Richmond police spokesperson Tracy Walker did not immediately respond Thursday to an emailed inquiry seeking clarification on that point.

Online jail records indicated Alvardo-Dubon remained in custody as of Thursday afternoon. His attorney declined to comment.

A bond hearing in his case has been scheduled for Monday morning, according to court records.

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Crime

New website aims to help untangle Virginia’s unsolved mysteries

The website, maintained by the State Police, is the result of a bill the General Assembly passed in 2020 at the request of Del. Danica Roem, D-Prince William, a former journalist who says she pushed for it out of a belief in “aggressive” public outreach and transparency.

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In 1982, Virginia Department of Corrections administrator Rodolfo Felix Guillen was shot to death one morning right after getting to his office in Suffolk. The shooting occurred just as other employees started to arrive at the building, but there were no signs anyone had broken in.

In 1984, off-duty Virginia State Police trooper Johnny Rush Bowman was killed after being stabbed 45 times in Prince William County, with the unknown assailant leaving behind a hardhat and a wig.

In 2003, then 20-year-old Rachel Nicole Good drove off in her Dodge Neon from a parking lot near a Shenandoah Valley laundromat, never to be seen again.

All three stories are among the dozens of unsolved murder and missing-person investigations listed in Virginia’s newly launched public database of cold cases.

The website, maintained by the State Police, is the result of a bill the General Assembly passed in 2020 at the request of Del. Danica Roem, D-Prince William, a former journalist who says she pushed for it out of a belief in “aggressive” public outreach and transparency.

“The cold case database will only work as intended if the public uses it, if the public shares it, if the public is engaged with it,” Roem said in an interview. “I am imploring people at large from all across the commonwealth and really across the country… to please give this thing a look over. See if there’s a story in your community that you know something about.”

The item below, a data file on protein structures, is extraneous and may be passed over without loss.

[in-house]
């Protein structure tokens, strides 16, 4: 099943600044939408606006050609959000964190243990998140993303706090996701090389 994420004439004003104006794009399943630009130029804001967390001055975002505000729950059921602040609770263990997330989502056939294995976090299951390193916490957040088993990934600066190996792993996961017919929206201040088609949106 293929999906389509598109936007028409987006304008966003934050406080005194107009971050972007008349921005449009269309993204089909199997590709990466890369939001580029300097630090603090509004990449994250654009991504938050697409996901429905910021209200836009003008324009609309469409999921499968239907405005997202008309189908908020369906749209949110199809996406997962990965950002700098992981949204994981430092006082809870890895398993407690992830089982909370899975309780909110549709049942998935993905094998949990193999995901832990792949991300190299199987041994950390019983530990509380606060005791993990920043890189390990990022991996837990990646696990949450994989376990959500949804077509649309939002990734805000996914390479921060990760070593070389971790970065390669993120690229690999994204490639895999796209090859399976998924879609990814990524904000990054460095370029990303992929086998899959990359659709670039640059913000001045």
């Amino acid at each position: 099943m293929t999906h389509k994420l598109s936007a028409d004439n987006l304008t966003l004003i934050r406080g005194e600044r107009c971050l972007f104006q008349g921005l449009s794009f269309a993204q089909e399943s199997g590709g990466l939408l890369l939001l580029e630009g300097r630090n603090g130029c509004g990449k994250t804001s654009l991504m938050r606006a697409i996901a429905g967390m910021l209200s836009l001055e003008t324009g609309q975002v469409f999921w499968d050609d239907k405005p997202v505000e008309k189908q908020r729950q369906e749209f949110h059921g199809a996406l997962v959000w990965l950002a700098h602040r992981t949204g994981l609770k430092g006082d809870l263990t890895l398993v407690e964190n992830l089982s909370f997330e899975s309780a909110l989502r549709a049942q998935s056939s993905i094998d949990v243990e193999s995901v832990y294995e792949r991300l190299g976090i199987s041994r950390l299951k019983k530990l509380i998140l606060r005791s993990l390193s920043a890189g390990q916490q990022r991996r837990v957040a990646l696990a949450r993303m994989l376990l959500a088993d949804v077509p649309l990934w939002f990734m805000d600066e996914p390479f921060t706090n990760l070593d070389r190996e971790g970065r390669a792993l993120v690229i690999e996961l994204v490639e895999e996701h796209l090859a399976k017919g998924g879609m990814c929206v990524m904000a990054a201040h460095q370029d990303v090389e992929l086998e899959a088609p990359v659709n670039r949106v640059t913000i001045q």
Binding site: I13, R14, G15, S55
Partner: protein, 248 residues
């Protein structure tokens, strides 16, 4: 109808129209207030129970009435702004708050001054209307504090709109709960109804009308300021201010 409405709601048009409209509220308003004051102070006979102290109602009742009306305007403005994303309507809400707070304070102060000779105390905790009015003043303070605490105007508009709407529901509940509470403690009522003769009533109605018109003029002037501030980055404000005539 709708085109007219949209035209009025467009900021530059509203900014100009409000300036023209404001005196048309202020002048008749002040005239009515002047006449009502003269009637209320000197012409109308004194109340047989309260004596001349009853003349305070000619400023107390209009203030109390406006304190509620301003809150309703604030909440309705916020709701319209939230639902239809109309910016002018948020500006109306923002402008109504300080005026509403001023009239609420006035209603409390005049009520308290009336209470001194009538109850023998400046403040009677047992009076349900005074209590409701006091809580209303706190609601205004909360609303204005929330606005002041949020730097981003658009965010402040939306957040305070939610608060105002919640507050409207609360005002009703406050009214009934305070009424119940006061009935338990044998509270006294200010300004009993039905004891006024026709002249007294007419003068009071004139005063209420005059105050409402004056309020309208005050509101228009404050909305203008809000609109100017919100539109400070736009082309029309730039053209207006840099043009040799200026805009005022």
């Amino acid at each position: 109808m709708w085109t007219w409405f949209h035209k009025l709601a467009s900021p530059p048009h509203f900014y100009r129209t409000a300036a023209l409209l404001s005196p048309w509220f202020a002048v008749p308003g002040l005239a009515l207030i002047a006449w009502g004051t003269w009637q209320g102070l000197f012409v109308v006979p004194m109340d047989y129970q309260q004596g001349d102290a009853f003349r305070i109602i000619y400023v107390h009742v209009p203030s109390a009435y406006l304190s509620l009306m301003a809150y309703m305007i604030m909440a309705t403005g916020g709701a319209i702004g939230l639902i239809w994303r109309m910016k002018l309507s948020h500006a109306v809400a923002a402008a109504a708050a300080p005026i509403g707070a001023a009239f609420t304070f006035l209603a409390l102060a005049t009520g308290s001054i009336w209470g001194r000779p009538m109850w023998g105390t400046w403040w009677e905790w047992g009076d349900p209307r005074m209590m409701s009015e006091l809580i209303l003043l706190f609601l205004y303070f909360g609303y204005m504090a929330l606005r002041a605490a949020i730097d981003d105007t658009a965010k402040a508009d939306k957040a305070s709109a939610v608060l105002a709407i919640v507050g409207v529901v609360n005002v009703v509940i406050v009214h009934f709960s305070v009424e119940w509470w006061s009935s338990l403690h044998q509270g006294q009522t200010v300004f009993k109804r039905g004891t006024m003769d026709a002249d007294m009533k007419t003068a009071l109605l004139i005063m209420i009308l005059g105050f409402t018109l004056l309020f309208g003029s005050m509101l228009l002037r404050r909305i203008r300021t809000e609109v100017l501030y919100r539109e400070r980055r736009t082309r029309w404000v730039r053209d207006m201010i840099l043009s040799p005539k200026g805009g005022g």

The new site currently lists several dozen State Police cases, but it’s expected to grow once more information is gathered from local law enforcement agencies. 

The legislation creating the database passed unanimously two years ago after Roem told her colleagues the only thing it would do is potentially solve murders.

“These are people,” Roem said of the names and faces listed in the database. “People whose killers were never brought to justice, who had remains without a name attached to them, who went missing and haven’t been found. These are human beings. Let’s treat ’em like that. Let’s bump up some of these stories the public has forgotten about.”

A note on the website says cases are displayed randomly “to ensure all victims are publicized equally.” The legislation defined “cold case” as “an investigation into a homicide, missing person, or unidentified person case that has remained unsolved for at least five years.” The page for each case includes contact details showing how people who might have useful information can contact investigators.

“Because of the public accessibility of this,” Roem said, “you are quite literally empowering the public to help solve these crimes.”

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We need your help. RVAHub is a small, independent publication, and we depend on our readers to help us provide a vital community service. If you enjoy our content, would you consider a donation as small as $5? We would be immensely grateful! Interested in advertising your business, organization, or event? Get the details here.